All about pound cake!

Almond_pound_cake,_angled_profileBecause March 4 is National Pound Cake Day, this seemed like a great week to feature the longtime favorite dessert.

Perhaps it should be called Four-Pound Cake. The dessert is just like its name sounds — a buttery cake that is traditionally made with a pound of each of its four main ingredients: flour, butter, eggs, and sugar.

Even though they may sometimes be made with smaller quantities of the key ingredients, you can call any cake made with that 1 to 1 to 1 to 1 ratio of butter, egg, sugar and flour a pound cake. From there, the “rules” for pound cake vary. Some are baked in big Bundt pans, others in smaller loaf pans. Some pound cakes are served with an icing or sweet glaze, some have nuts, chocolate, or fruits inside, and still others are just straight-ahead “naked” pound cakes — with no added ingredients or embellishments.


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Tried and true. People have been baking pound cake for hundreds of years, the recipe dating back to the early eightteenth century. There was even a pound cake recipe in the very first American cookbook, American Cookery, published in 1796.

Variations on a theme. The tried-and-true pound cake recipe has as many variations and embellishments as there are bakers making the cake. The addition of a little lemon or orange juice changes the flavor and texture of the cake. Substituting a bit of corn meal for flour, or sour cream for the butter, makes a more savory (and less sweet) cake. Subbing olive oil for some or all of the butter will make a more moist cake. Including a little baking soda or powder for added leavening makes a less dense cake.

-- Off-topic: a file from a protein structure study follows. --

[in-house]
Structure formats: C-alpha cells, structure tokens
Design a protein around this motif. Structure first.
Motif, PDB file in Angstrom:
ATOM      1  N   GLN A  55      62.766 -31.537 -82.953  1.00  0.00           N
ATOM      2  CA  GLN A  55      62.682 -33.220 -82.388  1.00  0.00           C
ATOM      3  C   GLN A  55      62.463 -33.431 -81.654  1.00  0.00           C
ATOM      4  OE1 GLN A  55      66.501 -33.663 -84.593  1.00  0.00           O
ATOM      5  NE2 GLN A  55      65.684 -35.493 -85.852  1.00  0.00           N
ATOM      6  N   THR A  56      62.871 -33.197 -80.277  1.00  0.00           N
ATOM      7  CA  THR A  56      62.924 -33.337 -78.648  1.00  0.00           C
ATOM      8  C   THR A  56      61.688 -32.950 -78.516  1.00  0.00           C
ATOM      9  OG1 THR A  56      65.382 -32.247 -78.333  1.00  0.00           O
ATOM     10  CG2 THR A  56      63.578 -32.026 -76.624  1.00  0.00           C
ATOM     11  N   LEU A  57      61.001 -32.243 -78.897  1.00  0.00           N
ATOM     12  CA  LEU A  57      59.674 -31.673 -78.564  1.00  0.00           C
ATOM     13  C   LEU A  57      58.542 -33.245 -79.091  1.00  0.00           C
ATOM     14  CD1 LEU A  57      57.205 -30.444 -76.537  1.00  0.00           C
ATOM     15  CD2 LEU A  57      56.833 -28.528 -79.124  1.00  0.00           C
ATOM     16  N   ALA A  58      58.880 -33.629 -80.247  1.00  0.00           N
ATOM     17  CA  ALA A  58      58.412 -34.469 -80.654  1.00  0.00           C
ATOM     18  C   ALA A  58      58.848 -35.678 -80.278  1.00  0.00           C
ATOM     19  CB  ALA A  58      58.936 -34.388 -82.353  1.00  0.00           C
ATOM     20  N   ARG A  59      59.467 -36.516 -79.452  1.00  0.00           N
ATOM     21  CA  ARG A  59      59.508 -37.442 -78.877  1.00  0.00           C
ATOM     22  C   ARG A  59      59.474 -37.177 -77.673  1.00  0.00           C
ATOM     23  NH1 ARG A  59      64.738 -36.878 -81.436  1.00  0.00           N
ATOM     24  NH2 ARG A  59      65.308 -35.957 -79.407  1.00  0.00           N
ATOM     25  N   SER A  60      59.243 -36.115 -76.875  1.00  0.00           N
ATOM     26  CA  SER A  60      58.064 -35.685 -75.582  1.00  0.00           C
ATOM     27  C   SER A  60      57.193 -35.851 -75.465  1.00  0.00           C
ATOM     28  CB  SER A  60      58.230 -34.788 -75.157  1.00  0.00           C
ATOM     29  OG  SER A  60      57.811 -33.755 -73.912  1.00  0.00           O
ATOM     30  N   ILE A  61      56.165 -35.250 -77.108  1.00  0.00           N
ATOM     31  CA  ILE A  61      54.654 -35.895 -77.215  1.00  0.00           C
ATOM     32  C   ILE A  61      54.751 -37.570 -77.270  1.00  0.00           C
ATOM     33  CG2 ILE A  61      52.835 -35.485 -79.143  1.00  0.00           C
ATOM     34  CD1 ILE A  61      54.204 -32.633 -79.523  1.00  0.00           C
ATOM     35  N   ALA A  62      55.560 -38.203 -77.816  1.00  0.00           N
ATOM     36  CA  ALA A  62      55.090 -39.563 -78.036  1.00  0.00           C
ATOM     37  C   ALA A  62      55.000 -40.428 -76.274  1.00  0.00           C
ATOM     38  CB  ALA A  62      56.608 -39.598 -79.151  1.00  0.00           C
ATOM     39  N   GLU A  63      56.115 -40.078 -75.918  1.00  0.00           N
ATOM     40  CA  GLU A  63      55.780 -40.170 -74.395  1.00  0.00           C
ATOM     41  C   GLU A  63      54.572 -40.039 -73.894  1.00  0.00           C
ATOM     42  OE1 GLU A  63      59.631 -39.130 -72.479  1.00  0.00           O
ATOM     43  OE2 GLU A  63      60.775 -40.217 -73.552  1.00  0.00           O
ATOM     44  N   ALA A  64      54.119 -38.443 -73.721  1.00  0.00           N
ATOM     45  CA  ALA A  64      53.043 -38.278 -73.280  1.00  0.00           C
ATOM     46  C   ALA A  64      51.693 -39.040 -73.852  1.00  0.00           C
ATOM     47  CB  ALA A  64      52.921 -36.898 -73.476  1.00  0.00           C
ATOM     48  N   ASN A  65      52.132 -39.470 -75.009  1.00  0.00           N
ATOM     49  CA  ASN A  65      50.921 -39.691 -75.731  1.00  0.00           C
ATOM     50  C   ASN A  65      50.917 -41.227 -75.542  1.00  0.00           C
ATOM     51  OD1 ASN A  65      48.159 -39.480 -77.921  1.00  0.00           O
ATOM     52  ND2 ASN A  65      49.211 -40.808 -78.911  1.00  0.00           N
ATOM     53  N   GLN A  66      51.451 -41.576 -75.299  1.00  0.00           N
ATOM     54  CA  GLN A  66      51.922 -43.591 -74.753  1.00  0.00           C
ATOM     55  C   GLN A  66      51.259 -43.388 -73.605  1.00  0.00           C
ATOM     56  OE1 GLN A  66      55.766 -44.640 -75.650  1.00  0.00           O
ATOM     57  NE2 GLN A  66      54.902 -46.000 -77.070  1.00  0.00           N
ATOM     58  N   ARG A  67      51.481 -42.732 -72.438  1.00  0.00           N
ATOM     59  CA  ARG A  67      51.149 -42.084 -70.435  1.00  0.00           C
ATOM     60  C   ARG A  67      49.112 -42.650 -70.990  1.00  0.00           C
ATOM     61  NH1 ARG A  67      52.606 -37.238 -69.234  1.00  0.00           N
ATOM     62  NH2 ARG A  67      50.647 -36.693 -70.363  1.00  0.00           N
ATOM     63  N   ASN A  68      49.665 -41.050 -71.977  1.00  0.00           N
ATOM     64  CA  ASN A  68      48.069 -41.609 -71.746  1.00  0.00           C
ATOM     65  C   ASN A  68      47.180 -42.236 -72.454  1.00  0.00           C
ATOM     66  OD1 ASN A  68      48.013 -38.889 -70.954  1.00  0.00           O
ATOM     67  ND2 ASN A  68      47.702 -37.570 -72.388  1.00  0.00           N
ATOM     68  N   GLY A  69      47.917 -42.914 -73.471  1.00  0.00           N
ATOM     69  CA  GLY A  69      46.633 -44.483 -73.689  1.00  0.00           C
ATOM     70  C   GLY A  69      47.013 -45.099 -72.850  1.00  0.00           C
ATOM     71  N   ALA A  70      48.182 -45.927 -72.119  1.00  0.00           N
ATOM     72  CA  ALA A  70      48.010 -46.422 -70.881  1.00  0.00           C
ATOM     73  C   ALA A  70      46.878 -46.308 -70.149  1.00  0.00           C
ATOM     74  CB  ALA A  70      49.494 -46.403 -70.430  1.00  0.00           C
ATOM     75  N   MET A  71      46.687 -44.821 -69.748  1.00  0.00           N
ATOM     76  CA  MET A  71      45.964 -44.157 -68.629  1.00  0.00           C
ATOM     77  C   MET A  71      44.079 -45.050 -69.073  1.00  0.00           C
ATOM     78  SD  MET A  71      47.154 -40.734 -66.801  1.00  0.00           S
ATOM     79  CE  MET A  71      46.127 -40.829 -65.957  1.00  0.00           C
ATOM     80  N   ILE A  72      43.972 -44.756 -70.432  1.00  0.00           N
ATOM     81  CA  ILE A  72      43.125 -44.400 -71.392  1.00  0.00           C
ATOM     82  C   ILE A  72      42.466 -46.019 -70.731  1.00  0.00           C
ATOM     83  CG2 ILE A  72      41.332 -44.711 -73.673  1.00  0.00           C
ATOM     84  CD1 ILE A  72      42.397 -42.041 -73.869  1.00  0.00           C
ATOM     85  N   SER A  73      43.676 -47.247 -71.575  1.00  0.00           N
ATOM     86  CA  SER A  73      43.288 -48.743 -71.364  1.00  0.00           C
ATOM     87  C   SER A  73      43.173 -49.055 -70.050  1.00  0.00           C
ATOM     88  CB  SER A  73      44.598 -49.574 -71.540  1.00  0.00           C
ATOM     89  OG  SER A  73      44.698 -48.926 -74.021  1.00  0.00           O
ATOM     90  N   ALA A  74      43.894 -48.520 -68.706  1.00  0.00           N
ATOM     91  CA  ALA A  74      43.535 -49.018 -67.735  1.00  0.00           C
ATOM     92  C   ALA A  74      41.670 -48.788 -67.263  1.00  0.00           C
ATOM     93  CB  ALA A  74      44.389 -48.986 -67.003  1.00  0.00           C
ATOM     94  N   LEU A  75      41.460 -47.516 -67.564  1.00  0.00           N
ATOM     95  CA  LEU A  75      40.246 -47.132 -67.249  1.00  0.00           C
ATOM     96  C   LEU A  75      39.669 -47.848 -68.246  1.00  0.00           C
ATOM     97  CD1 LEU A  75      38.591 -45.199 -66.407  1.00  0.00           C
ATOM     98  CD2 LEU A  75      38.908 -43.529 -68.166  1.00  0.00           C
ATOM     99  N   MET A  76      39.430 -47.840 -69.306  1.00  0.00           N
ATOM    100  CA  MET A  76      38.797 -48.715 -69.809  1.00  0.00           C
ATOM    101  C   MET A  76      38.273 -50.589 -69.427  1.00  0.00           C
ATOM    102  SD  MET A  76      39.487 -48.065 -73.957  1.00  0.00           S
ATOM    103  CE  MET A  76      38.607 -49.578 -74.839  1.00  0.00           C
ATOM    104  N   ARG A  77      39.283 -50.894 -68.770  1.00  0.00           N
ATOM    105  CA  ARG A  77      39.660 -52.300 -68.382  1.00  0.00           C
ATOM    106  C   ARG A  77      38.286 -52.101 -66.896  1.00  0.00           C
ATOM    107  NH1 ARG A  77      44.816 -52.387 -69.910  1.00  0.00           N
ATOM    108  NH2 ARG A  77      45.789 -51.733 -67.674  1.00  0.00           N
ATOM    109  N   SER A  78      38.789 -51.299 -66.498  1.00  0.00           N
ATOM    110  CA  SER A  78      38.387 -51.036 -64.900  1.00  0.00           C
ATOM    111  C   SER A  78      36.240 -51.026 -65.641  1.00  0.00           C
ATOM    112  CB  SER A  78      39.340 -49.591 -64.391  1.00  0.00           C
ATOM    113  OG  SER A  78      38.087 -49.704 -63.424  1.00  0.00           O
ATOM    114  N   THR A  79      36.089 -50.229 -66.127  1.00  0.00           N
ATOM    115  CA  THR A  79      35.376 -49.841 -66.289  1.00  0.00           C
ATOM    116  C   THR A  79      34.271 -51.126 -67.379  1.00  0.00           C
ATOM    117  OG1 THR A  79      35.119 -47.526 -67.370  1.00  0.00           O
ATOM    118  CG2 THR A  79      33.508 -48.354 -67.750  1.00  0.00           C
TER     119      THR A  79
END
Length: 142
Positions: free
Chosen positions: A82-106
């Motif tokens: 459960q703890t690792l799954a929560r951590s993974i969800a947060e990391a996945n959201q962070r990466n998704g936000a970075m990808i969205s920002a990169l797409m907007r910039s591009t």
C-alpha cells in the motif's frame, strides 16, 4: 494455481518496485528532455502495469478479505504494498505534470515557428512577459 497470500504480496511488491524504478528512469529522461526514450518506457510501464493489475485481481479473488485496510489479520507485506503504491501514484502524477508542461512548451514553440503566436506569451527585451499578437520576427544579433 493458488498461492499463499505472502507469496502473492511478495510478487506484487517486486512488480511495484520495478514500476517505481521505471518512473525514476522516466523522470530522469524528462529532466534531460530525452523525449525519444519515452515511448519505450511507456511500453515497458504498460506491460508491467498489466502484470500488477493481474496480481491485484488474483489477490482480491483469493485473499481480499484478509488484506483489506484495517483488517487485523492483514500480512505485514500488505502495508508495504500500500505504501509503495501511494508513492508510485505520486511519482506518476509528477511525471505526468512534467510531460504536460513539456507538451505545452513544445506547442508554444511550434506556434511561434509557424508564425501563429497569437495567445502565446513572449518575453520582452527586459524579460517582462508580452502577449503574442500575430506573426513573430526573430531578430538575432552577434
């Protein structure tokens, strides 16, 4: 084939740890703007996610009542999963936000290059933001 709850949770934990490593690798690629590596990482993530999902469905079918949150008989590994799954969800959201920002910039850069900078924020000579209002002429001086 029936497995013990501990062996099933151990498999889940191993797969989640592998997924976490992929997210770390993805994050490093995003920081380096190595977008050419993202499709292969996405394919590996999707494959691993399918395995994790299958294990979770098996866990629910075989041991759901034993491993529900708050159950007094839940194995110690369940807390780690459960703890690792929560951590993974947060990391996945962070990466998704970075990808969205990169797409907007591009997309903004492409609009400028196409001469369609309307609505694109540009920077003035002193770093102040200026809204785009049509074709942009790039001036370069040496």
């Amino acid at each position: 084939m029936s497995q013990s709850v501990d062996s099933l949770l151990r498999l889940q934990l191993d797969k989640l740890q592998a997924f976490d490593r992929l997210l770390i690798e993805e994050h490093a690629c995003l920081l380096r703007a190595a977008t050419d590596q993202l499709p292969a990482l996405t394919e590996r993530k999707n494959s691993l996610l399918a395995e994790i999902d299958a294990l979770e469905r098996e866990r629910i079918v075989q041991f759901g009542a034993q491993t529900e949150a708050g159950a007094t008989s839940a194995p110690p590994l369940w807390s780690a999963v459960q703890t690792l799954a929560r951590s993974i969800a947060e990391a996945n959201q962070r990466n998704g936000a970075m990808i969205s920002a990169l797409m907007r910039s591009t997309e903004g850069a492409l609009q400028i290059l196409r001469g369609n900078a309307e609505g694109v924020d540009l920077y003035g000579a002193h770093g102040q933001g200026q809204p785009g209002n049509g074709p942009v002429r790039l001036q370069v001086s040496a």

Pound cake “internationale.” Madeira cake is the British equivalent of pound cake, made with a bit of fruit at the bottom. The name is misleading: it doesn’t contain Madeira wine, but is often served with liqueur or tea. French pound cake is called quatre-quarts (“four quarters”), with equal weights of each of the four principal ingredients. Mexican pound cake is called panqué, and is much like American pound cake, but with added nuts (panqué con nueces) or raisins (panqué con pasas). In Venezuela and Colombia, it is called ponqué, and takes the form of a wine-drenched cake with a cream or sugar coating.

Ready to take on a pound cake project for yourself? Here are some fun ones from the AllSpice recipe database:

Photo credit: Kimberly VardemanFlickr: Almond Pound Cake
Bundt cake: Crumb, by Joanne Fong on Flickr.

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